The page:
While kaiseki was a meal for the upper crust of Kyoto, Buddhist monks developed shojin cuisine. The monks couldn’t kill living creatures. Instead, they prepared vegetarian dishes. Delicious ones.
Instead of ¥10,000 or more for a meal, you may pay as little as ¥1,500 for shojin. The meals typically include tofu and a selection of veggies simmered in a hot broth.
The dishes are often simple with limited seasonings and ingredients. Of course, chefs in Kyoto tend to get creative with shojin. It helps to bring out the natural flavours of the various plant-based ingredients.
Several Buddhist temples in Kyoto serve up shojin, including Tenryu-Ji Temple. The temple also specializes in a selection of other Buddhist dishes.
Obanzai rounds out the three main styles of cuisine in Kyoto. As with kaiseki, obanzai features multiple small dishes with locally sourced foods. Instead of making a spectacle of the presentation, obanzai meals are often simple.
Obanzai is the Japanese version of home-style cooking, often served at family restaurants. It spans a variety of ingredients but tends to include plenty of vegetables and fish.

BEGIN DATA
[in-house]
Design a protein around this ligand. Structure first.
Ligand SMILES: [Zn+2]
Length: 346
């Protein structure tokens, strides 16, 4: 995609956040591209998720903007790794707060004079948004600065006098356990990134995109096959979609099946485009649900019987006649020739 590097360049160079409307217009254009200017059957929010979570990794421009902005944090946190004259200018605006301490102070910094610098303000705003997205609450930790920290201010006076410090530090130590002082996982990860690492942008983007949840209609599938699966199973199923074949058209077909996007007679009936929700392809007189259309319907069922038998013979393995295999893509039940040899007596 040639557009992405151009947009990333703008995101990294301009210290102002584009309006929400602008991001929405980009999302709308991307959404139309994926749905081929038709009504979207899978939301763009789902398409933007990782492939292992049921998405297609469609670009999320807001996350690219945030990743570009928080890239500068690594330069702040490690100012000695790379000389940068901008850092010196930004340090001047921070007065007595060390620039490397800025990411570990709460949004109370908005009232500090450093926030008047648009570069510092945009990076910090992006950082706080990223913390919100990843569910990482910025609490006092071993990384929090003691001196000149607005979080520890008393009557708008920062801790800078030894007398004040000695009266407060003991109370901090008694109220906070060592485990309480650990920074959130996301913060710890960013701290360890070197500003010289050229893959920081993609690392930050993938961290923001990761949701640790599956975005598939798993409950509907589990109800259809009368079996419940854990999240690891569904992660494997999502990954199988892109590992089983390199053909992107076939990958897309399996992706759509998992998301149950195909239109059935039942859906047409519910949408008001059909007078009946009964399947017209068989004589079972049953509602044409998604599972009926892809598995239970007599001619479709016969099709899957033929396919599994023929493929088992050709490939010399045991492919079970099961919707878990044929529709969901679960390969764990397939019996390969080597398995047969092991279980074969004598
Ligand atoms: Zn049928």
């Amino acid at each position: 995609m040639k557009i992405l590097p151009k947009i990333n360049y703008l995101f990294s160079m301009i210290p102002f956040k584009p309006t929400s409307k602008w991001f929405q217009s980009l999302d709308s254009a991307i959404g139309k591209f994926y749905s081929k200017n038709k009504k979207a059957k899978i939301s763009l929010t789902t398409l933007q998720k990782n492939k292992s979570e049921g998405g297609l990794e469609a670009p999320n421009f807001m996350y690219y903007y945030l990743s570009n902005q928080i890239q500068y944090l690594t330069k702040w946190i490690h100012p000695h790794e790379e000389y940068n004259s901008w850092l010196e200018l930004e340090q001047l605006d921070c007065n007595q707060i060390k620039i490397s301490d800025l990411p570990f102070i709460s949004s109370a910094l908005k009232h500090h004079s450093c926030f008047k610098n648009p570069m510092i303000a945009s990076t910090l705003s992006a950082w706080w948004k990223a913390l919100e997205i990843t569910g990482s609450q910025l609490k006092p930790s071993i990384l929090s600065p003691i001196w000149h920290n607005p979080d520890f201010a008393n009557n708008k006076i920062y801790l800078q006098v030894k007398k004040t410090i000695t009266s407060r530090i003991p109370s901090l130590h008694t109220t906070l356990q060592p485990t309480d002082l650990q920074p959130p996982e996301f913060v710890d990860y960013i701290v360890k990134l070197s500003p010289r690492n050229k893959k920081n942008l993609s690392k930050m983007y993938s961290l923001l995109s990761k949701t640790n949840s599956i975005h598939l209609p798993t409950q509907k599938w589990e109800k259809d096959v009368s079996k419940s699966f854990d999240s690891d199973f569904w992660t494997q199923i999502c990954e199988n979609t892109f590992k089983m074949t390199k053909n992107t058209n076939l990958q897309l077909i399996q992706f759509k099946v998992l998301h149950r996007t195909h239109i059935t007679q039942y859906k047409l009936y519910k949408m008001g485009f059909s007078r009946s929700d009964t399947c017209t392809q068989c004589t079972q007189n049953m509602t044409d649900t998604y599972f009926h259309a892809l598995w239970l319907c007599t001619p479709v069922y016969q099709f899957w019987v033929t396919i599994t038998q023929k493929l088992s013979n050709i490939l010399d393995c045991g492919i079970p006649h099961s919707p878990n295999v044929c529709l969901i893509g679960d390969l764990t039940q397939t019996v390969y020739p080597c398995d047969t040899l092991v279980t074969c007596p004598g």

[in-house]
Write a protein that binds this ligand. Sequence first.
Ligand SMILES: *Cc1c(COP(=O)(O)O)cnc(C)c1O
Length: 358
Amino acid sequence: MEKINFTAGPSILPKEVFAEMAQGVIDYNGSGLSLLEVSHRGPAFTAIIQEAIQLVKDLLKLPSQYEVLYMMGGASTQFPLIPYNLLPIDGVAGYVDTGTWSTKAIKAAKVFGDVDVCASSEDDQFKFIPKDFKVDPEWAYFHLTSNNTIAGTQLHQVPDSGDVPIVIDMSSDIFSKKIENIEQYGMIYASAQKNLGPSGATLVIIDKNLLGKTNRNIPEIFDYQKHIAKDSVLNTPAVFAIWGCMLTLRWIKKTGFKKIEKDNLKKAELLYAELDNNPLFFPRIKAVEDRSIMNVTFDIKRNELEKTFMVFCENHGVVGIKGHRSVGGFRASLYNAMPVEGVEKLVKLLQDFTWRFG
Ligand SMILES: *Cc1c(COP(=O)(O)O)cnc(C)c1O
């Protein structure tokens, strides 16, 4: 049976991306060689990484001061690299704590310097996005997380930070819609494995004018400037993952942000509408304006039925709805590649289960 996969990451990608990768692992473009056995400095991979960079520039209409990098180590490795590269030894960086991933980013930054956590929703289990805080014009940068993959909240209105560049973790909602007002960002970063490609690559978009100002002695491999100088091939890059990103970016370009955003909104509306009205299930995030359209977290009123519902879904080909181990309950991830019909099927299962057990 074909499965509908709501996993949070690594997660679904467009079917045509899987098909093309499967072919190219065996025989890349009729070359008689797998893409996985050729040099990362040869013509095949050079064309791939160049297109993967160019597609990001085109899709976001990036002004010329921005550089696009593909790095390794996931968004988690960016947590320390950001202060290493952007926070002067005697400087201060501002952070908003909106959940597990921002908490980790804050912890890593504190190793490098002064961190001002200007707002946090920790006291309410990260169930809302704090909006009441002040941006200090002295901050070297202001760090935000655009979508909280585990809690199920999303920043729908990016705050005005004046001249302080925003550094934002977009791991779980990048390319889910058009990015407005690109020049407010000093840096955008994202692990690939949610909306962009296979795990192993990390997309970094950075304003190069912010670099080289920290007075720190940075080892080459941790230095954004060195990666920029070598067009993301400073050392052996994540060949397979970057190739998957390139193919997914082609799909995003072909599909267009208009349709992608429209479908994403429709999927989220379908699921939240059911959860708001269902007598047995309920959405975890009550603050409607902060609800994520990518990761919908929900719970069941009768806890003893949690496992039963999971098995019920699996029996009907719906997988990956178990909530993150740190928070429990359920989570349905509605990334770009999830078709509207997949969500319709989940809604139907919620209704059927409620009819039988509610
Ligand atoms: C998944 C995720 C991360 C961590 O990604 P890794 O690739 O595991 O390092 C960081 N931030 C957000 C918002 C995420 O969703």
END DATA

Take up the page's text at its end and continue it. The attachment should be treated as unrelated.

For it to be true obanzai, at least half of the ingredients need to come from Kyoto.
In homes throughout the city, residents often prepare obanzai dishes using leftover ingredients. It ensures that they waste no food. Restaurants tend to use seasonal items and freshly caught seafood.
If you’ve got a sweet tooth while checking out the best foods in Kyoto, try wagashi.
Looking at wagashi, you may assume that you’re about to eat a sugary snack. These traditional Japanese treats include plant-based ingredients, typically served with tea.
Wagashi come in a variety of sizes and shapes, often with intricate designs. They reflect the culinary sophistication of the Kyoto region.
Bean paste is the main ingredient in most wagashi. Chefs boil the beans and mash them to create a smooth paste. It may also include rice flour, rice cakes, chestnuts, and sesame. You may also find these confections made with cubes of fruit.
Dozens of types of wagashi exist from small, solid sweet cakes to rice balls wrapped with bean paste.
Matcha is the preferred choice for a traditional Kyoto tea ceremony. Instead of steeping the powder, you whisk it into hot water, creating a frothy green drink.
Matcha originated in China before the practice of steeping tea. The Chinese mostly abandoned the whisking process but it gained popularity in Japan.